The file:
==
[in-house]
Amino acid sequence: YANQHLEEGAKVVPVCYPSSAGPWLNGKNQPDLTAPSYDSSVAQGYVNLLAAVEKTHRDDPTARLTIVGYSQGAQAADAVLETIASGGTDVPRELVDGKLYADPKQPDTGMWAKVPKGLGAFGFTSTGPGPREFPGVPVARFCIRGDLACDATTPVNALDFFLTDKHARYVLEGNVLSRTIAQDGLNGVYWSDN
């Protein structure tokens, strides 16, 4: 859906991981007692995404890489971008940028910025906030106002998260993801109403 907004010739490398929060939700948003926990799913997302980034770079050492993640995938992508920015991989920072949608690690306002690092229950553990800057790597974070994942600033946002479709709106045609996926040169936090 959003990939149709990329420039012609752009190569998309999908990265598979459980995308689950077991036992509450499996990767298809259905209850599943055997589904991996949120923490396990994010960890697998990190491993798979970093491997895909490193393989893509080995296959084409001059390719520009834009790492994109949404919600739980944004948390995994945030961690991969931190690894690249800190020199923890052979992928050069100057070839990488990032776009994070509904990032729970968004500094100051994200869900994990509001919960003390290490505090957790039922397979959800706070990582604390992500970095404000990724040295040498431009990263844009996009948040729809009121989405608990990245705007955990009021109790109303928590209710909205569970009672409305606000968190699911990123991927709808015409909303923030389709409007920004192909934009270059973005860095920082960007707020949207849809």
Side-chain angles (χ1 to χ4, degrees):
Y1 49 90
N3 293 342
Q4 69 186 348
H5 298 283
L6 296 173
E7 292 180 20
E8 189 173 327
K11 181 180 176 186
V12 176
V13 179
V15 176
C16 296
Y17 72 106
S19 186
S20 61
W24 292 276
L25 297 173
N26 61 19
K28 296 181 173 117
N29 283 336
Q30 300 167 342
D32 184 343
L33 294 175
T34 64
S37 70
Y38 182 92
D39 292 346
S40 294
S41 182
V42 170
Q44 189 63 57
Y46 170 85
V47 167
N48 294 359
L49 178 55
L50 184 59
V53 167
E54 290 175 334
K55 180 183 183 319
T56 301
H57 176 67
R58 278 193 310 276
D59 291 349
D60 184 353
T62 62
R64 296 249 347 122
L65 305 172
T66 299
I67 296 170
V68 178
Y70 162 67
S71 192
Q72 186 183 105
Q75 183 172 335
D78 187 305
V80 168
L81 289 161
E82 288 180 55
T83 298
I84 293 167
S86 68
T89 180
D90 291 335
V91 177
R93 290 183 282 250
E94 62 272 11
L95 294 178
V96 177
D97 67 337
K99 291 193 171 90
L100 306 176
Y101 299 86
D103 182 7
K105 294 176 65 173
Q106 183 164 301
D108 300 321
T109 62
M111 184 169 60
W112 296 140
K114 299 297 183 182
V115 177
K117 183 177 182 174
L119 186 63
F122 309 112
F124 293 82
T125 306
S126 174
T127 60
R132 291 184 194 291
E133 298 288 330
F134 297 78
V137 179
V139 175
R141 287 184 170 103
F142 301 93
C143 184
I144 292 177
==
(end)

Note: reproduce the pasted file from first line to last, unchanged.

[in-house]
Amino acid sequence: YANQHLEEGAKVVPVCYPSSAGPWLNGKNQPDLTAPSYDSSVAQGYVNLLAAVEKTHRDDPTARLTIVGYSQGAQAADAVLETIASGGTDVPRELVDGKLYADPKQPDTGMWAKVPKGLGAFGFTSTGPGPREFPGVPVARFCIRGDLACDATTPVNALDFFLTDKHARYVLEGNVLSRTIAQDGLNGVYWSDN
């Protein structure tokens, strides 16, 4: 859906991981007692995404890489971008940028910025906030106002998260993801109403 907004010739490398929060939700948003926990799913997302980034770079050492993640995938992508920015991989920072949608690690306002690092229950553990800057790597974070994942600033946002479709709106045609996926040169936090 959003990939149709990329420039012609752009190569998309999908990265598979459980995308689950077991036992509450499996990767298809259905209850599943055997589904991996949120923490396990994010960890697998990190491993798979970093491997895909490193393989893509080995296959084409001059390719520009834009790492994109949404919600739980944004948390995994945030961690991969931190690894690249800190020199923890052979992928050069100057070839990488990032776009994070509904990032729970968004500094100051994200869900994990509001919960003390290490505090957790039922397979959800706070990582604390992500970095404000990724040295040498431009990263844009996009948040729809009121989405608990990245705007955990009021109790109303928590209710909205569970009672409305606000968190699911990123991927709808015409909303923030389709409007920004192909934009270059973005860095920082960007707020949207849809």
Side-chain angles (χ1 to χ4, degrees):
Y1 49 90
N3 293 342
Q4 69 186 348
H5 298 283
L6 296 173
E7 292 180 20
E8 189 173 327
K11 181 180 176 186
V12 176
V13 179
V15 176
C16 296
Y17 72 106
S19 186
S20 61
W24 292 276
L25 297 173
N26 61 19
K28 296 181 173 117
N29 283 336
Q30 300 167 342
D32 184 343
L33 294 175
T34 64
S37 70
Y38 182 92
D39 292 346
S40 294
S41 182
V42 170
Q44 189 63 57
Y46 170 85
V47 167
N48 294 359
L49 178 55
L50 184 59
V53 167
E54 290 175 334
K55 180 183 183 319
T56 301
H57 176 67
R58 278 193 310 276
D59 291 349
D60 184 353
T62 62
R64 296 249 347 122
L65 305 172
T66 299
I67 296 170
V68 178
Y70 162 67
S71 192
Q72 186 183 105
Q75 183 172 335
D78 187 305
V80 168
L81 289 161
E82 288 180 55
T83 298
I84 293 167
S86 68
T89 180
D90 291 335
V91 177
R93 290 183 282 250
E94 62 272 11
L95 294 178
V96 177
D97 67 337
K99 291 193 171 90
L100 306 176
Y101 299 86
D103 182 7
K105 294 176 65 173
Q106 183 164 301
D108 300 321
T109 62
M111 184 169 60
W112 296 140
K114 299 297 183 182
V115 177
K117 183 177 182 174
L119 186 63
F122 309 112
F124 293 82
T125 306
S126 174
T127 60
R132 291 184 194 291
E133 298 288 330
F134 297 78
V137 179
V139 175
R141 287 184 170 103
F142 301 93
C143 184
I144 292 177